“It is harrowing to think that we live in a reality where forced pregnancy has become so widespread and so rampant that only the most dystopian stories get national attention—but the stories of all the other women who are confronted by these bans, their pain, their heartbreak, their anger and fear, are also horrific, valid, and an important part of the conversation,” she continued. “A forced pregnancy does not have to make headlines to make someone’s life a living hell.”

The committee heard from two Physicians for Reproductive Health fellows who provide abortion care—Drs. Nisha Verma of Georgia and Allison Linton, chief medical officer at Planned Parenthood of Wisconsin—as well as Guttmacher Institute acting co-CEO Destiny Lopez and Madysyn Anderson, a patient who had to leave her home in Houston, Texas to end a pregnancy.

The panel also heard from two witnesses called by Ranking Member Bill Cassidy (R-La.), a gastroenterologist who calls himself “unapologetically pro-life”: Indiana-based Dr. Christina Francis, CEO of the American Association of Pro-Life Obstetricians and Gynecologists, and Melissa Ohden, founder and CEO of the Abortion Survivors Network.

Anderson was the first to provide testimony. She spoke about finding out she was pregnant during her senior year at the University of Houston, shortly after a breakup. She made an appointment at a nearby Planned Parenthood clinic, where she found out she was 11 weeks pregnant—too far along to get an abortion in Texas, even before the Dobbs decision.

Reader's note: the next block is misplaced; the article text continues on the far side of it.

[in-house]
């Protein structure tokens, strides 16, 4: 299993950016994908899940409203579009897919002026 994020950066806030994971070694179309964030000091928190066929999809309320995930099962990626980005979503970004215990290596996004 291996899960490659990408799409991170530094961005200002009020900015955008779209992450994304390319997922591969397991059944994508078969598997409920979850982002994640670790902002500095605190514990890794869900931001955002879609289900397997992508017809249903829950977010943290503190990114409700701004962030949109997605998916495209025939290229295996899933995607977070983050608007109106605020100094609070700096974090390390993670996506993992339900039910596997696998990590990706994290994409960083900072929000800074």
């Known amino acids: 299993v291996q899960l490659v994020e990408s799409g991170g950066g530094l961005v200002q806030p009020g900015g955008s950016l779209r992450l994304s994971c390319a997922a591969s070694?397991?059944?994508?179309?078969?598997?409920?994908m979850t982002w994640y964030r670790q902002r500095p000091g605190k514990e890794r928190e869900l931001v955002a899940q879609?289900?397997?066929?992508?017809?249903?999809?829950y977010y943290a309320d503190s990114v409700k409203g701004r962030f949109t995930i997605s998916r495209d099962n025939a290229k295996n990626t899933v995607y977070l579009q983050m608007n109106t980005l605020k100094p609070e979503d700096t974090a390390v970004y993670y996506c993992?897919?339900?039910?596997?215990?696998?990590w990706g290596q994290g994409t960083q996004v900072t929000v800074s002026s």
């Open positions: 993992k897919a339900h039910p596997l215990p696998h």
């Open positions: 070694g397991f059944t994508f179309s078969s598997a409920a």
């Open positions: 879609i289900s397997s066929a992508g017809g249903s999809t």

“I called 20 different clinics after my first visit. Yes, 20. I called surrounding states and even as far as the Dakotas. No one could see me right away. The earliest I could be seen was two weeks later at Jackson Women’s Health Organization in Mississippi,” she said. “My dad took off work and we drove 720 miles and spent 13 hours on the road. We spent five hours in a hotel trying to sleep before my first appointment just to turn right around and go back home.”

Because of Mississippi laws at the time, she had to make another trip for the procedure. In addition to missing hours of work and an internship—and having to disclose the reason to her boss and professors—Anderson had to pay $2,850 for her appointments and travel. She said that “there is no dollar value I can put on the stress of managing everything.”